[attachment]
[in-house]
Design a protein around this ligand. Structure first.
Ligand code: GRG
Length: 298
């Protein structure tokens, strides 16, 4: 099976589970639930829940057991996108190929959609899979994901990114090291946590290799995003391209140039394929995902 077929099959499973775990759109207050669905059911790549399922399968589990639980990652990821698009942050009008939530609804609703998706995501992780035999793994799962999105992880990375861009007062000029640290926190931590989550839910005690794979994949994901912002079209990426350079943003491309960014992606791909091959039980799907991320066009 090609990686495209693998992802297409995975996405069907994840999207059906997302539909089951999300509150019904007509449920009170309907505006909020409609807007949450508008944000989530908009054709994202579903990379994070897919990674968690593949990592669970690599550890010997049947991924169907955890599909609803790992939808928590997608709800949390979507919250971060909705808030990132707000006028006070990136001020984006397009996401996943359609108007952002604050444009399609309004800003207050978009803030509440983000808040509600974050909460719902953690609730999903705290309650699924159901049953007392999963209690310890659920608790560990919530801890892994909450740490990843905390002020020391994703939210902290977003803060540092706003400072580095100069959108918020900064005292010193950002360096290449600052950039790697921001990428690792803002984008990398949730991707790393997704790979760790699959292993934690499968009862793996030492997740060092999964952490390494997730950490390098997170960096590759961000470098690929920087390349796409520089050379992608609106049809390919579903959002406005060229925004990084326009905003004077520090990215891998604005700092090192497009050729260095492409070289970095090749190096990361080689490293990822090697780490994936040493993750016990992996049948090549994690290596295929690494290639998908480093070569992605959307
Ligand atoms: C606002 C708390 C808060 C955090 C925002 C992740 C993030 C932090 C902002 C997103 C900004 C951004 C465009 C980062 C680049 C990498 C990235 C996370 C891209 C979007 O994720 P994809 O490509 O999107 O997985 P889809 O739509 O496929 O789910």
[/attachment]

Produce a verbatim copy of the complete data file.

[in-house]
Design a protein around this ligand. Structure first.
Ligand code: GRG
Length: 298
């Protein structure tokens, strides 16, 4: 099976589970639930829940057991996108190929959609899979994901990114090291946590290799995003391209140039394929995902 077929099959499973775990759109207050669905059911790549399922399968589990639980990652990821698009942050009008939530609804609703998706995501992780035999793994799962999105992880990375861009007062000029640290926190931590989550839910005690794979994949994901912002079209990426350079943003491309960014992606791909091959039980799907991320066009 090609990686495209693998992802297409995975996405069907994840999207059906997302539909089951999300509150019904007509449920009170309907505006909020409609807007949450508008944000989530908009054709994202579903990379994070897919990674968690593949990592669970690599550890010997049947991924169907955890599909609803790992939808928590997608709800949390979507919250971060909705808030990132707000006028006070990136001020984006397009996401996943359609108007952002604050444009399609309004800003207050978009803030509440983000808040509600974050909460719902953690609730999903705290309650699924159901049953007392999963209690310890659920608790560990919530801890892994909450740490990843905390002020020391994703939210902290977003803060540092706003400072580095100069959108918020900064005292010193950002360096290449600052950039790697921001990428690792803002984008990398949730991707790393997704790979760790699959292993934690499968009862793996030492997740060092999964952490390494997730950490390098997170960096590759961000470098690929920087390349796409520089050379992608609106049809390919579903959002406005060229925004990084326009905003004077520090990215891998604005700092090192497009050729260095492409070289970095090749190096990361080689490293990822090697780490994936040493993750016990992996049948090549994690290596295929690494290639998908480093070569992605959307
Ligand atoms: C606002 C708390 C808060 C955090 C925002 C992740 C993030 C932090 C902002 C997103 C900004 C951004 C465009 C980062 C680049 C990498 C990235 C996370 C891209 C979007 O994720 P994809 O490509 O999107 O997985 P889809 O739509 O496929 O789910």